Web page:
275243 Sustainable Processing of Water Hyacinth Through a Distributed Biorefinery System
Sustainable Processing of Water Hyacinth through a Distributed Biorefinery System
José Ezequiel Santibañez-Aguilar,1 J. Betzabe González-Campos,1 José María Ponce-Ortega,1 Medardo Serna-González1, and Mahmoud M. El-Halwagi2, 3
1Chemical Engineering Department, Universidad Michocana de San Nicolás de Hidalgo, Morelia, Michoacán, México, 58060
2Chemical Engineering Department, Texas A&M University, College Station, TX, USA, 77843
3Adjunct Faculty at the Chemical and Materials Engineering Department, King Abdulaziz University, Jeddah, Saudi Arabia.
Water hyacinth is a major nuisance of water bodies. In addition to blocking pathways, this plant quickly consumes the available nutrients in the water as well as dissolved oxygen thereby affecting the aquatic life in the water bodies as well as human activities such as fishing. To eliminate this plant from the water bodies, several techniques have been implemented (including chemical, physical and mechanical elimination techniques, many of them with severe environmental consequences). Much more work is needed to address this problem because the very high growth rate of water hyacinth. Recently, several papers have reported the possible use of water hyacinth as feedstock to produce biofuels, compost, chemical products, green manure, and paper, among others. In this regard, this paper presents an economical and environmentally sustainable alternative to address this problem, where water hyacinth is used as a raw material to produce a set of products as well as clean water (see Figure 1). Since the water hyacinth is geographically located in a given region, a distributed processing system is required considering the installation of both preprocessing and central facilities to take advantages of the economies of scale. In this work the objective is to present a mathematical programming formulation to address the optimal design of distributed biorefinery systems of water hyacinth according to economic and environmental criteria. The proposed model is based on the superstructure shown in Figure 2 and it takes into account a set of water bodies as sources of water hyacinth for biomass and water production. The biomass can be processed using different technologies to obtain several products, which can be sent to the available markets. On the other hand, the water extracted from water hyacinth can be treated to separate the pollutants (because the roots of water hyacinth absorb several pollutants helping this way to clean the water bodies) and to obtain clean water. The proposed model is applied to a case study in the central part of Mexico, which is a region with several lakes highly congested with water hyacinth. The results show that water hyacinth elimination can be economically attractive when the distributed treatment system proposed in this paper is considered.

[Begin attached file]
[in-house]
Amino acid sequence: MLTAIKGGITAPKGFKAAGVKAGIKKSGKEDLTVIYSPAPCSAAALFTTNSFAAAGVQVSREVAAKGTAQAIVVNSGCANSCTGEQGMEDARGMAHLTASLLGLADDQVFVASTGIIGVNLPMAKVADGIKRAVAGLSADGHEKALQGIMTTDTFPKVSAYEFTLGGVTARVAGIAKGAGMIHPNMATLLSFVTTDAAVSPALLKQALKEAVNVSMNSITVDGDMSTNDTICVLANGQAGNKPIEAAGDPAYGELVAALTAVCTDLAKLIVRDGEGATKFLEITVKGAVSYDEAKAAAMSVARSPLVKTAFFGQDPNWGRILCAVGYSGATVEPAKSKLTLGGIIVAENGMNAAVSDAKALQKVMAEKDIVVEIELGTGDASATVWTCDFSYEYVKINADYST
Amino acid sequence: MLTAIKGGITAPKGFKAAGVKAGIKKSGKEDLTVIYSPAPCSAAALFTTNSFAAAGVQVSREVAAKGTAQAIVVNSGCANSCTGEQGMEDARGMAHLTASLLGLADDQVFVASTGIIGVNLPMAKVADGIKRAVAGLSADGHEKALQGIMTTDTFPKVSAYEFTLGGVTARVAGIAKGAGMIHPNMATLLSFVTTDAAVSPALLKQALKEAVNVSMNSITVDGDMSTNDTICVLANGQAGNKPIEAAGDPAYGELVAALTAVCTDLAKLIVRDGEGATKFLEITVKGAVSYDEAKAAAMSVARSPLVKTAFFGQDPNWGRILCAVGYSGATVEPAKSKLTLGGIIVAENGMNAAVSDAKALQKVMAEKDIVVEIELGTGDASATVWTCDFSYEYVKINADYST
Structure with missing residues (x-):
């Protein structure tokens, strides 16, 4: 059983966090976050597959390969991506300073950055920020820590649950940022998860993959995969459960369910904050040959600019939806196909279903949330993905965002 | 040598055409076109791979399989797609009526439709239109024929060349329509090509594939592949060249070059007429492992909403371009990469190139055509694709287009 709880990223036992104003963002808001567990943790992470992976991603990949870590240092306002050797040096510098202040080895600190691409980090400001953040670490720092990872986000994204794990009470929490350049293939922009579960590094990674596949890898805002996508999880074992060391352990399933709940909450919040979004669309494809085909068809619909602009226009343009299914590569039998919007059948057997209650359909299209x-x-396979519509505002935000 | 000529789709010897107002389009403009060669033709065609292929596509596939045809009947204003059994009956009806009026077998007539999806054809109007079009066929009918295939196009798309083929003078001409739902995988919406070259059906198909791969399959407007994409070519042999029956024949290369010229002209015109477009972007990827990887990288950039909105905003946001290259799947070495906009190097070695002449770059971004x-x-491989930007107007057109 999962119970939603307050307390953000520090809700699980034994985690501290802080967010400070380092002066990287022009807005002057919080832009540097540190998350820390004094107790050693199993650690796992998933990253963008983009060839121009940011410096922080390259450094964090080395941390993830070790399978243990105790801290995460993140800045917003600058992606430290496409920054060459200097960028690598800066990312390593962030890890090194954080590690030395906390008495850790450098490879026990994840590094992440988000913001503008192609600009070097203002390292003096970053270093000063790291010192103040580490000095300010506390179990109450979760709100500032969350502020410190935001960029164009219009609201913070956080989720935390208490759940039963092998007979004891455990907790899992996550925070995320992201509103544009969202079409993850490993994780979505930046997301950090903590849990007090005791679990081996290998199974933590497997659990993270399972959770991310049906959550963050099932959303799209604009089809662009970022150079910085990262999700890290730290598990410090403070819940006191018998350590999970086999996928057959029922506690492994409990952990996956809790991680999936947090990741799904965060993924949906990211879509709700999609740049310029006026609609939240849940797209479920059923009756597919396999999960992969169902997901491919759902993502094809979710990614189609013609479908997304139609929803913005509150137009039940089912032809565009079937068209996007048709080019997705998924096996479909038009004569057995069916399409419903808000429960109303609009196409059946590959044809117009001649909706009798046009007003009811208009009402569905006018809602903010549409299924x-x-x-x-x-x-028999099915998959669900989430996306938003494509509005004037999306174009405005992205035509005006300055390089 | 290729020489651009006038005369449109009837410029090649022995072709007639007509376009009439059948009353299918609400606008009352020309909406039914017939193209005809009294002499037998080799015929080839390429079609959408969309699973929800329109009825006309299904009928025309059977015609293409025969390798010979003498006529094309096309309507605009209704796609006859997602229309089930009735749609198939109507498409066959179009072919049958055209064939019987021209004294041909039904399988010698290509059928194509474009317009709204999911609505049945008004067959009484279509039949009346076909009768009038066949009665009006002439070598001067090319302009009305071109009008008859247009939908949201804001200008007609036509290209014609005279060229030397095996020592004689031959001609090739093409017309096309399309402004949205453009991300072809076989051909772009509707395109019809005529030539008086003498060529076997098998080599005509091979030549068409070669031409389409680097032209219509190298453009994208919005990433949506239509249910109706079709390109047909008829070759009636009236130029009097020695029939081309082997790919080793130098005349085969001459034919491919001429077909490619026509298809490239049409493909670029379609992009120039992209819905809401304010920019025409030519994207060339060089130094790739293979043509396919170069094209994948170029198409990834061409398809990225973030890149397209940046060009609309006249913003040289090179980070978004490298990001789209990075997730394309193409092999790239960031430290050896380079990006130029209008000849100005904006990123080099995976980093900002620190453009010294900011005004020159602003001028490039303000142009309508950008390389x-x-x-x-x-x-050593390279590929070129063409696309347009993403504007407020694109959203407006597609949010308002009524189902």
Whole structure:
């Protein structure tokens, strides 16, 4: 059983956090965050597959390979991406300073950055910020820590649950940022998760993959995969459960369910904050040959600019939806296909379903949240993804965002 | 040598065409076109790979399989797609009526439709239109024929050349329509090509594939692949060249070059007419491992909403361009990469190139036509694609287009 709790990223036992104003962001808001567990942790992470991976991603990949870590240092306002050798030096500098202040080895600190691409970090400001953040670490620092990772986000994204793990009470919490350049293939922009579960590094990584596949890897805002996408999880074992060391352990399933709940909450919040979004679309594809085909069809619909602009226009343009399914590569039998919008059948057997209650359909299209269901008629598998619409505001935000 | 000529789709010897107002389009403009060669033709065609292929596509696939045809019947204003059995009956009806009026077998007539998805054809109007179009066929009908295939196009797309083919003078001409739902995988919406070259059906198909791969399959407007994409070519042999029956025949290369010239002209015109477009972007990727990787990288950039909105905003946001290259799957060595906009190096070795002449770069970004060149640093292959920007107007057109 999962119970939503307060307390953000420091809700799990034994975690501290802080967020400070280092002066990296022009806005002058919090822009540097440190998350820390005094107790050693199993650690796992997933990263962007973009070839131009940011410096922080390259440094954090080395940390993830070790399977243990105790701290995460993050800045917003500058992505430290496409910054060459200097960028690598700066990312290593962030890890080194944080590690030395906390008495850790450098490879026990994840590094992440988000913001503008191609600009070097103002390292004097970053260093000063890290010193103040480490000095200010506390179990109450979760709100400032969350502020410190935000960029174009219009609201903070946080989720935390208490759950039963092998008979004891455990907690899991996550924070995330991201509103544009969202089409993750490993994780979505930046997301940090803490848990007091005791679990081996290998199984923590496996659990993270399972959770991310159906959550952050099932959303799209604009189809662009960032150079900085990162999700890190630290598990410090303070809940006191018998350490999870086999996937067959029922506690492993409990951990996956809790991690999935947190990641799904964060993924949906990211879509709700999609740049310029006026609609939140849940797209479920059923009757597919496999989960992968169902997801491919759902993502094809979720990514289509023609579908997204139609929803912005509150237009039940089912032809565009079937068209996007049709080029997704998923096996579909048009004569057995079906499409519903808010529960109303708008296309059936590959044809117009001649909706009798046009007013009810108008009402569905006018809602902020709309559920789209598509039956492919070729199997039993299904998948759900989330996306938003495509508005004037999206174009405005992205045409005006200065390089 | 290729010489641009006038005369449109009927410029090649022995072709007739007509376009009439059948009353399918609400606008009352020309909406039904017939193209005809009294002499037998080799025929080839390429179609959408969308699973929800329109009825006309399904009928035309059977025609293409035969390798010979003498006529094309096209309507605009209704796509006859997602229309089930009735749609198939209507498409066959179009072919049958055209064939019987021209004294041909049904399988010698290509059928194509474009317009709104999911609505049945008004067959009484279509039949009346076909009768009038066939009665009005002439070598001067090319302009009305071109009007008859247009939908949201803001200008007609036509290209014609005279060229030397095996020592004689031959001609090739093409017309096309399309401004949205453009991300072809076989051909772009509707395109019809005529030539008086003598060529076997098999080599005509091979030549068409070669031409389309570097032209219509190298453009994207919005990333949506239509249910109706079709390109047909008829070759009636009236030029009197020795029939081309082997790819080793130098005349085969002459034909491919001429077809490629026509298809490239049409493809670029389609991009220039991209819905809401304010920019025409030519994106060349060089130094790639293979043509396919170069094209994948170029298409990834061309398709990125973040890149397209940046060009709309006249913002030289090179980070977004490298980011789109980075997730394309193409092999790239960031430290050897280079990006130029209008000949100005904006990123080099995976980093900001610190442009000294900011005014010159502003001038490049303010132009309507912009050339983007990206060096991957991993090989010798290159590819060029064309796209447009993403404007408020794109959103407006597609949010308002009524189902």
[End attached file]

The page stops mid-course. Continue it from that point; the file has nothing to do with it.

Figure 1. Schematic representation for the addressed problem.
Figure 2. Proposed superstructure for the sustainable use of water hyacinth.
See more of this Group/Topical: Sustainable Engineering Forum